As you were.

To the left hand.

As you were.

To the right hand about.

As you were.

To the left hand about.

As you were.

Ranks to the right hand double.

As you were.

Ranks to the left hand double.

As you were.

Files to the right hand double.

As you were.

Files to the left hand double.

As you were.

Middlemen to the right hand double your front.

As you were.

Middlemen to the left hand double your front.

As you were.

Ranks, to the right or left hand countermarch.

To the right or left hand, at discretion.

Files, to the right or left hand countermarch.

To the right or left hand as you were.

When you will countermarch to the right hand, the first Rank of Leaders only must advance one step forward with the right leg, and then turn, and all the other Ranks must march first up to the place from whence the first Rank did countermarch before they turn. So likewise if you will countermarch to the left hand, the first Rank must step forwards one step with the left leg, and then turn, and all the other Ranks behind must come up to that place before they turn, as before. The same order is to be observed when you will countermarch your Files; In countermarching, though both are her set down for distinction sake, you are to name neither Ranks nor Files: But are only to say, To the right hand countermarch, or to the lest hand countermarch.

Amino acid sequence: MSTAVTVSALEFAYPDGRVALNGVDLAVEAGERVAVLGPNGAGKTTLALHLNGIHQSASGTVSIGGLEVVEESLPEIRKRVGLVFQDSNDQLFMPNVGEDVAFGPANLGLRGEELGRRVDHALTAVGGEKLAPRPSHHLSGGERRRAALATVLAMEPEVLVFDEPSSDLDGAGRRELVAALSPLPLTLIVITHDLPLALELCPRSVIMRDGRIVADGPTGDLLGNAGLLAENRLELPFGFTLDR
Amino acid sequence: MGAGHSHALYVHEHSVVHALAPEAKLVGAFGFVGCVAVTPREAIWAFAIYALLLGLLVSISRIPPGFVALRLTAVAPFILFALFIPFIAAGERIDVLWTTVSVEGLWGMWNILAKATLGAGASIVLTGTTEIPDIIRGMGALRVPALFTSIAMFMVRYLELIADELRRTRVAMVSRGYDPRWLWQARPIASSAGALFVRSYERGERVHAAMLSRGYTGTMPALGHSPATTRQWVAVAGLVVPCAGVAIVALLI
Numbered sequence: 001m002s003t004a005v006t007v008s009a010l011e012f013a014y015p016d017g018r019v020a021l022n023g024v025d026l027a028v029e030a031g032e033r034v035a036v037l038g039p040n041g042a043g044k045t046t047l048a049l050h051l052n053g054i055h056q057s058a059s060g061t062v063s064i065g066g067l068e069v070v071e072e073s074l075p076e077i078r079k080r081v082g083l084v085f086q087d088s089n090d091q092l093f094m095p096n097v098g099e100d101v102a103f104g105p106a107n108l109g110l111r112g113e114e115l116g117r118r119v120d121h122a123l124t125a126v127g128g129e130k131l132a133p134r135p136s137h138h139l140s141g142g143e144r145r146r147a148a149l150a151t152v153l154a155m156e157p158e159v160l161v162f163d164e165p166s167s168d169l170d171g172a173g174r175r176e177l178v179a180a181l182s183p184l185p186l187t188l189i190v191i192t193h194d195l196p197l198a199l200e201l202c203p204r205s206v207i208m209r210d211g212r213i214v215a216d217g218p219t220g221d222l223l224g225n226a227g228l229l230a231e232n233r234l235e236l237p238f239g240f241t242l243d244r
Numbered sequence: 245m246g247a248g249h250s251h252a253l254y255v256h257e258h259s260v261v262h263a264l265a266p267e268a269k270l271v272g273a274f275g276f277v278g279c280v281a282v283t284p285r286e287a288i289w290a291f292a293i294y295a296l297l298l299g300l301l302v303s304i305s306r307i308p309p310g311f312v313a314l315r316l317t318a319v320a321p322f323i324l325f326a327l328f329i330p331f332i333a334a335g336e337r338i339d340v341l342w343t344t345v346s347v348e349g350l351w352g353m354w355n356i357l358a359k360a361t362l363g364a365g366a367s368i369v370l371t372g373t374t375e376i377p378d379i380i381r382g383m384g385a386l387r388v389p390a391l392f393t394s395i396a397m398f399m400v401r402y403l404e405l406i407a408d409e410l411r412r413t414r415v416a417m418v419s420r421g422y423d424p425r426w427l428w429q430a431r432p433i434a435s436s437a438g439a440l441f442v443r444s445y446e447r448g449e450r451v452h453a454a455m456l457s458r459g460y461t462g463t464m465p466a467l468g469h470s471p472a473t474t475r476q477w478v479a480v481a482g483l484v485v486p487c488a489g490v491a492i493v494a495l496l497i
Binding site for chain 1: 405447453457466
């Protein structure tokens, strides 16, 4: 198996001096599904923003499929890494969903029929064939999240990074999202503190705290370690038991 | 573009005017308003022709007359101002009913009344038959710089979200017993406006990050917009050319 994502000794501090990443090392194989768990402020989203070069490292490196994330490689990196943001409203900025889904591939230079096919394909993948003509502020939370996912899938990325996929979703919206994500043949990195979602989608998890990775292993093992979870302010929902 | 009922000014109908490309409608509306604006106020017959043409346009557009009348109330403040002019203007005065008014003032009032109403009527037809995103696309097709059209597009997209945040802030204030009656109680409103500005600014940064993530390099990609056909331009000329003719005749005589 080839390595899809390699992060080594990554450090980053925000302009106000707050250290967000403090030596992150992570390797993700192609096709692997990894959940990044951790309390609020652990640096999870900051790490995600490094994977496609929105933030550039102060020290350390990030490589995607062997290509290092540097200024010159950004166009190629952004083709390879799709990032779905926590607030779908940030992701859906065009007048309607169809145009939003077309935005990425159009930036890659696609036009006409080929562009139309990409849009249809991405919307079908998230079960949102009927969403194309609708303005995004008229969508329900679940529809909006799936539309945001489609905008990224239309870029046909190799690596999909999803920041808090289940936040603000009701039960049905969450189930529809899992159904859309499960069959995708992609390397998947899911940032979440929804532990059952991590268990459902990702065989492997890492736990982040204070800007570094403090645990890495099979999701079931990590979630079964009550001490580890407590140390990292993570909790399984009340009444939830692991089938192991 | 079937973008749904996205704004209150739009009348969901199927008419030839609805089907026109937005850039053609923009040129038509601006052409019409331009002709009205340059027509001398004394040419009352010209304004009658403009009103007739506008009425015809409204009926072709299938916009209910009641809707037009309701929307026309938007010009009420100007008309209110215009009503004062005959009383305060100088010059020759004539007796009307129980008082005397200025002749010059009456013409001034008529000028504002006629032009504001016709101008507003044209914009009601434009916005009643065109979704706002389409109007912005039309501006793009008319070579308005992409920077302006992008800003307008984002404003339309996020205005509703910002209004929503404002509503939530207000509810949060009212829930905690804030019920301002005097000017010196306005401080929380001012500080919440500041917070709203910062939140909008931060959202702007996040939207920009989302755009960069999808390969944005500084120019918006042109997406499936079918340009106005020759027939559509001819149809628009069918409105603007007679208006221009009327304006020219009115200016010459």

When you exercise a Company single, you double your Ranks before you wheel, in regard the Body is small. But in a Division, or greater Body, you close first both your Files and your Ranks to your Order of three foot, and omit the doubling, and so wheel.

Before you wheel.

When you will wheel to the right hand, double your Ranks to the left hand; and when you wheel to the left hand, double your Ranks to the right hand. For so the right and left hand Leaders will keep their places on that corner towards which you wheel; When you will wheel to the right hand, double your Ranks to the left hand; and when you wheel to the left hand, double your Ranks to the right hand. For so the right and left hand Leaders will keep their places on that corner towards which you wheel.

Ranks, to the right or left hand double.

Files, to the right or left hand, or to the middle, close to your Order, to three foot between File and File.

Ranks, close to your Order, to three foot between Rank and Rank.

To the right hand Wheel, Which you lift, and each as often as you lift.
To the left hand Wheel,
Or Wheel about,

After you have wheeled.

This manner of opening is used only in a single Company. For in greater Bodies where the doubling is emitted, you open first your Ranks, and then your Files to your open Order of six foot, to bring them back again as they were; By double distance is meant twelve foot. For so the Ranks (which before did double) falling our again into their first places, come just to the distance of their open Order of six foot, in which they were before they doubled.